How’s the weather looking where you are? If, like me, you’re in the depths of winter in the UK, chances are it’s grey, chilly, and perhaps a little rainy. This kind of weather has been affectionately named ‘gluggavedur’ in Iceland, which translates to ‘window-weather’ – the kind that isn’t particularly nice to be out in, but is wonderful to appreciate from the inside.
While many of us are familiar with this weather, can you remember the last time you sat by a window to really appreciate the scene outside? Modern life is fast-paced, there’s no denying that. Allowing ourselves to slow down takes intention, but by giving ourselves the space to do so, incredible things can happen.
When we slow down, we can be more mindful in our day-to-day life. We can refocus on what’s important to us and prioritise self-care. We give ourselves a sense of whitespace, where we don’t have to ‘do’ anything; we can just be. In these moments creativity thrives, inspiration and ‘ah-ha’ moments spring from the stillness – like buds on a tree that’s been dormant a while.
So, how does gluggavedur fit into this? Well, it can serve as a perfect prompt to take a breather. When window-weather arrives, ask yourself, can I carve out some time to curl up by the window? It doesn’t have to be a whole day (although if you can, go right ahead!), even 10 minutes to pause and watch droplets dance on the glass can have a powerful effect.
We know that spending time in nature has a positive impact on our mental health, but can we actually reap some of these benefits from a window? Watching the world go by can help us feel more connected, as we see how we form a part of this complex ecosystem on earth.
Looking up at the vast sky can also instil a sense of awe – and this, according to a study published by the Association for Psychological Science, can actually change our perception of time. The study found that when we feel awe, we tend to believe time is more plentiful.
“In these moments creativity thrives, inspiration and ah-ha moments spring from the stillness – like buds on a tree that’s been dormant a while”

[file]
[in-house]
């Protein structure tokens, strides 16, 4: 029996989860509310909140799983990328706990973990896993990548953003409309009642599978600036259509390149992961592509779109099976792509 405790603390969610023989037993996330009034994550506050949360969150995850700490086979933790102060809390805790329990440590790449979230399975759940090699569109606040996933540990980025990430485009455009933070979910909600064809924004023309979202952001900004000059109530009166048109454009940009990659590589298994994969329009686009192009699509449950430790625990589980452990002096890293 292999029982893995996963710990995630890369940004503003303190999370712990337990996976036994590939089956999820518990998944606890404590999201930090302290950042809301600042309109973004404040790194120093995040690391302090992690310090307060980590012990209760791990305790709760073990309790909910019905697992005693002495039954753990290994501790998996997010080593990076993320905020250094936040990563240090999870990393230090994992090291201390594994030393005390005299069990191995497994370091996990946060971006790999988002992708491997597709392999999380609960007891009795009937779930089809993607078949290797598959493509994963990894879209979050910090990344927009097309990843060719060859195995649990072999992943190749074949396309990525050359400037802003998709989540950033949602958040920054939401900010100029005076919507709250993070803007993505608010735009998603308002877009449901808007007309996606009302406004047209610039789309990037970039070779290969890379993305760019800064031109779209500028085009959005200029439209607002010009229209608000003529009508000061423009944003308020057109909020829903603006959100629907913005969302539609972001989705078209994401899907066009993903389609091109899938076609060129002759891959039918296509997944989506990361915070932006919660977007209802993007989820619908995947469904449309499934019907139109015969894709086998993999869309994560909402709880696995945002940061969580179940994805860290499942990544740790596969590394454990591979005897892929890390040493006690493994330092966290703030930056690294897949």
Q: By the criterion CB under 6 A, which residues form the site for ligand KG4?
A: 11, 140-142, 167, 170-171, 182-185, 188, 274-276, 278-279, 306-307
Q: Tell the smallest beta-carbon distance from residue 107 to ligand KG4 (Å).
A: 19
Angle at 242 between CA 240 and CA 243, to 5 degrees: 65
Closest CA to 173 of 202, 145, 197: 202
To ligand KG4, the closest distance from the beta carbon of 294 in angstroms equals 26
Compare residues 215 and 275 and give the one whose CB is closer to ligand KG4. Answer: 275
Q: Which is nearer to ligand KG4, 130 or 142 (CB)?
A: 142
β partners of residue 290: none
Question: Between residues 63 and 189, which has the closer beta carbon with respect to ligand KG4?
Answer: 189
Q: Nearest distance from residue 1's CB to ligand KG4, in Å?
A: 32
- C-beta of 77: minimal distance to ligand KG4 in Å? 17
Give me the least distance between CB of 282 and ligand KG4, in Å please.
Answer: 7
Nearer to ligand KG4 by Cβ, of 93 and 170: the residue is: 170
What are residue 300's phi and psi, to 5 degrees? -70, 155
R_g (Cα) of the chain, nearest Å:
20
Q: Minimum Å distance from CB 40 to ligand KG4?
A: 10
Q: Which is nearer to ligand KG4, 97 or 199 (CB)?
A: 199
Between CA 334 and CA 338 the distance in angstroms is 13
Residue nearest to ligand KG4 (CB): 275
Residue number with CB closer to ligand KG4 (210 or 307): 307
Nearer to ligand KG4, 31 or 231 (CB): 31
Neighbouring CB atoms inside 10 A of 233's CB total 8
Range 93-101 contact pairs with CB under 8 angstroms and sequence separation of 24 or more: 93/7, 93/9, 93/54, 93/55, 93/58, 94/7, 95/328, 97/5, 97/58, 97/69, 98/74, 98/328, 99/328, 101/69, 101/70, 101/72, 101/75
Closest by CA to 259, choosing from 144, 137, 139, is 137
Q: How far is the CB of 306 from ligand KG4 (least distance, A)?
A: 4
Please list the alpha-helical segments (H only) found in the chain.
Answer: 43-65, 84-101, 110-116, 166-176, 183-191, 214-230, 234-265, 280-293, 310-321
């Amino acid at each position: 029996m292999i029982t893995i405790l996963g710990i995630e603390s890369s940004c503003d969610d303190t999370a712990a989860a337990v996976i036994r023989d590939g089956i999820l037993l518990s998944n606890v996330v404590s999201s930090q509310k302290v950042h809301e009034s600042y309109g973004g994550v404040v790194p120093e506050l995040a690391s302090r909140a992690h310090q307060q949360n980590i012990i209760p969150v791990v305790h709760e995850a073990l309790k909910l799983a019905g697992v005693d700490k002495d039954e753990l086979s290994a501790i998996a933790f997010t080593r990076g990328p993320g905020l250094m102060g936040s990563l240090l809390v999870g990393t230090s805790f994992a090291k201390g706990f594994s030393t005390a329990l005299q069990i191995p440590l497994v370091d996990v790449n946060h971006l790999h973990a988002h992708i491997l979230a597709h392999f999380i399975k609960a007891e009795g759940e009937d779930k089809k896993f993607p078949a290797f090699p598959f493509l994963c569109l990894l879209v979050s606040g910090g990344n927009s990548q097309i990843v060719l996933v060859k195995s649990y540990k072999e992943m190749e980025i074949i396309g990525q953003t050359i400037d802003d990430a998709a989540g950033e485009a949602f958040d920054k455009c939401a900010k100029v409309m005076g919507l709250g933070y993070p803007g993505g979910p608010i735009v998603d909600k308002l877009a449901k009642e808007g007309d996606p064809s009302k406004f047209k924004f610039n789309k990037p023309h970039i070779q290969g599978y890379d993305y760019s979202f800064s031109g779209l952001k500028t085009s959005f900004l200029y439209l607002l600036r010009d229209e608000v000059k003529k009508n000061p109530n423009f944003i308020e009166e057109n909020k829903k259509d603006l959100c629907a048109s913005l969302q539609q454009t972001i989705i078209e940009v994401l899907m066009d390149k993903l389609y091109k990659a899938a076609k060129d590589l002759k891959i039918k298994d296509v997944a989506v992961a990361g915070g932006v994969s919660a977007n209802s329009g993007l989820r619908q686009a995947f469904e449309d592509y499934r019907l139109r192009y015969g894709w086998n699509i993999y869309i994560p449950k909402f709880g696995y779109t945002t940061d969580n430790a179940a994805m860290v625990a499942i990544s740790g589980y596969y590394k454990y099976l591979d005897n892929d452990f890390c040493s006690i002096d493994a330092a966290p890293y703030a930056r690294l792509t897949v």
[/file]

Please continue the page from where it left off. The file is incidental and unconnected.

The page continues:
As well as the above, gluggavedur can shift us into a contemplative state of mind. When we allow ourselves to rest and observe, our thinking slows down. Worries can fade into the background and you might find yourself letting deeper questions arise. This might be the perfect time for some journaling. You may finally feel able to untangle that problem, or even unearth an epiphany. Start by writing about the weather you’re watching and how it makes you feel, and see where you go from there.
If writing isn’t your thing, you might want to explore something else creative. This could be sketching or painting what you see, embroidery or knitting – anything that helps you switch off, relax, and have a little fun.
Alternatively, you might be craving a sense of escapism. In this case, a good book can make an ideal gluggavedur companion. Reading helps to reduce stress, so let yourself get lost in a story while rain tapping at the window provides the perfect soundtrack.
Of course, gluggavedur also offers an excellent chance to practise mindfulness. Paying attention to the here and now helps us to feel calmer and cope better with difficult emotions. You can practise mindfulness by simply homing-in on what you can see, hear, smell, and feel – a great exercise to try while cosying up by a window. There’s also mindfulness meditation; try an app like Headspace or Calm to guide you.
So, the next time you look outside and see dark and dreary weather, don’t let it put a dampener on your day. Instead, see it as an opportunity to slow down, relax and embrace gluggavedur, because nothing can rain on that parade.
Finding it difficult to make space for yourself? Working with a wellness coach could help you manage stress and prioritise self-care. Learn more at lifecoach-directory.org.uk
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